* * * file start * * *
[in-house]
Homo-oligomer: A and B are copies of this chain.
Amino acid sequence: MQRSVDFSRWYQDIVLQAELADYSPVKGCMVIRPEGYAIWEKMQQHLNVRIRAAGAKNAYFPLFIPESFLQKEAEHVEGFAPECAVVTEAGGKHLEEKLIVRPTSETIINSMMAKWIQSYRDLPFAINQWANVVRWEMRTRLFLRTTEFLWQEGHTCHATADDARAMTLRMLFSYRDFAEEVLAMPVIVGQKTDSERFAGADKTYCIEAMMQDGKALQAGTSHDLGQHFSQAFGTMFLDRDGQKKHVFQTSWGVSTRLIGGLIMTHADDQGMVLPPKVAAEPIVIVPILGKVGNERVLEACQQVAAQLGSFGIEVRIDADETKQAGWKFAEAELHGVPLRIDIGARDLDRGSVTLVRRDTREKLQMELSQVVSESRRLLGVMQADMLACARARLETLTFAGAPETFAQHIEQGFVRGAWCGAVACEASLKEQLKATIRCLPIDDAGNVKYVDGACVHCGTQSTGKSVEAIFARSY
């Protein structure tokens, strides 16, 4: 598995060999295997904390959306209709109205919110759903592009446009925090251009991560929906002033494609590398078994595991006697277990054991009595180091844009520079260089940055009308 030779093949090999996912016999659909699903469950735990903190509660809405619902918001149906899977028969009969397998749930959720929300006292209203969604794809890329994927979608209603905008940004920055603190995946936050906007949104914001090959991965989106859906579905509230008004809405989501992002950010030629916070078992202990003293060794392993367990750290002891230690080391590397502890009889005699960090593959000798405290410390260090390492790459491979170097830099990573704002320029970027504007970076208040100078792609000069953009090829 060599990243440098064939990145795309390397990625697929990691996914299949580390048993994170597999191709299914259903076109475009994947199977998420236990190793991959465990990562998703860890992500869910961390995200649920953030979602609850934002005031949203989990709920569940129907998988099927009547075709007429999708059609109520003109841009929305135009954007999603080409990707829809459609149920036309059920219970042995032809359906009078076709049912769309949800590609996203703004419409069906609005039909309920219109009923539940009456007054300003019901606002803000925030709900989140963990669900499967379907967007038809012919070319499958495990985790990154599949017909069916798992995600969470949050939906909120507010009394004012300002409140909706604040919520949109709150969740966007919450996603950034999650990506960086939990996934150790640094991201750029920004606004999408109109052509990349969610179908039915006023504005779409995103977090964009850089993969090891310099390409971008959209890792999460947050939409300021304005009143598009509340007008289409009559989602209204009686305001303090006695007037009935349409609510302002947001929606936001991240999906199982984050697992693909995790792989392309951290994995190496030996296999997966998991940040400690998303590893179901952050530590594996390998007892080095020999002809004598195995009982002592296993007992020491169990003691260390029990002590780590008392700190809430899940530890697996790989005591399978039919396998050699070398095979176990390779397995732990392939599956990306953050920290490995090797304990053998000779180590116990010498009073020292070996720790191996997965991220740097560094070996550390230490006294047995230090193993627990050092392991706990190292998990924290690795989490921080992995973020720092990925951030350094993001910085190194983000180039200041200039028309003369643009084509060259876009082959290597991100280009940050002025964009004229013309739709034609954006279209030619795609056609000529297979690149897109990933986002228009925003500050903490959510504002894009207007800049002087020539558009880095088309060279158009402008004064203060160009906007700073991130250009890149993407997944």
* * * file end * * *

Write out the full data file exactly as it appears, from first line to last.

[in-house]
Homo-oligomer: A and B are copies of this chain.
Amino acid sequence: MQRSVDFSRWYQDIVLQAELADYSPVKGCMVIRPEGYAIWEKMQQHLNVRIRAAGAKNAYFPLFIPESFLQKEAEHVEGFAPECAVVTEAGGKHLEEKLIVRPTSETIINSMMAKWIQSYRDLPFAINQWANVVRWEMRTRLFLRTTEFLWQEGHTCHATADDARAMTLRMLFSYRDFAEEVLAMPVIVGQKTDSERFAGADKTYCIEAMMQDGKALQAGTSHDLGQHFSQAFGTMFLDRDGQKKHVFQTSWGVSTRLIGGLIMTHADDQGMVLPPKVAAEPIVIVPILGKVGNERVLEACQQVAAQLGSFGIEVRIDADETKQAGWKFAEAELHGVPLRIDIGARDLDRGSVTLVRRDTREKLQMELSQVVSESRRLLGVMQADMLACARARLETLTFAGAPETFAQHIEQGFVRGAWCGAVACEASLKEQLKATIRCLPIDDAGNVKYVDGACVHCGTQSTGKSVEAIFARSY
């Protein structure tokens, strides 16, 4: 598995060999295997904390959306209709109205919110759903592009446009925090251009991560929906002033494609590398078994595991006697277990054991009595180091844009520079260089940055009308 030779093949090999996912016999659909699903469950735990903190509660809405619902918001149906899977028969009969397998749930959720929300006292209203969604794809890329994927979608209603905008940004920055603190995946936050906007949104914001090959991965989106859906579905509230008004809405989501992002950010030629916070078992202990003293060794392993367990750290002891230690080391590397502890009889005699960090593959000798405290410390260090390492790459491979170097830099990573704002320029970027504007970076208040100078792609000069953009090829 060599990243440098064939990145795309390397990625697929990691996914299949580390048993994170597999191709299914259903076109475009994947199977998420236990190793991959465990990562998703860890992500869910961390995200649920953030979602609850934002005031949203989990709920569940129907998988099927009547075709007429999708059609109520003109841009929305135009954007999603080409990707829809459609149920036309059920219970042995032809359906009078076709049912769309949800590609996203703004419409069906609005039909309920219109009923539940009456007054300003019901606002803000925030709900989140963990669900499967379907967007038809012919070319499958495990985790990154599949017909069916798992995600969470949050939906909120507010009394004012300002409140909706604040919520949109709150969740966007919450996603950034999650990506960086939990996934150790640094991201750029920004606004999408109109052509990349969610179908039915006023504005779409995103977090964009850089993969090891310099390409971008959209890792999460947050939409300021304005009143598009509340007008289409009559989602209204009686305001303090006695007037009935349409609510302002947001929606936001991240999906199982984050697992693909995790792989392309951290994995190496030996296999997966998991940040400690998303590893179901952050530590594996390998007892080095020999002809004598195995009982002592296993007992020491169990003691260390029990002590780590008392700190809430899940530890697996790989005591399978039919396998050699070398095979176990390779397995732990392939599956990306953050920290490995090797304990053998000779180590116990010498009073020292070996720790191996997965991220740097560094070996550390230490006294047995230090193993627990050092392991706990190292998990924290690795989490921080992995973020720092990925951030350094993001910085190194983000180039200041200039028309003369643009084509060259876009082959290597991100280009940050002025964009004229013309739709034609954006279209030619795609056609000529297979690149897109990933986002228009925003500050903490959510504002894009207007800049002087020539558009880095088309060279158009402008004064203060160009906007700073991130250009890149993407997944």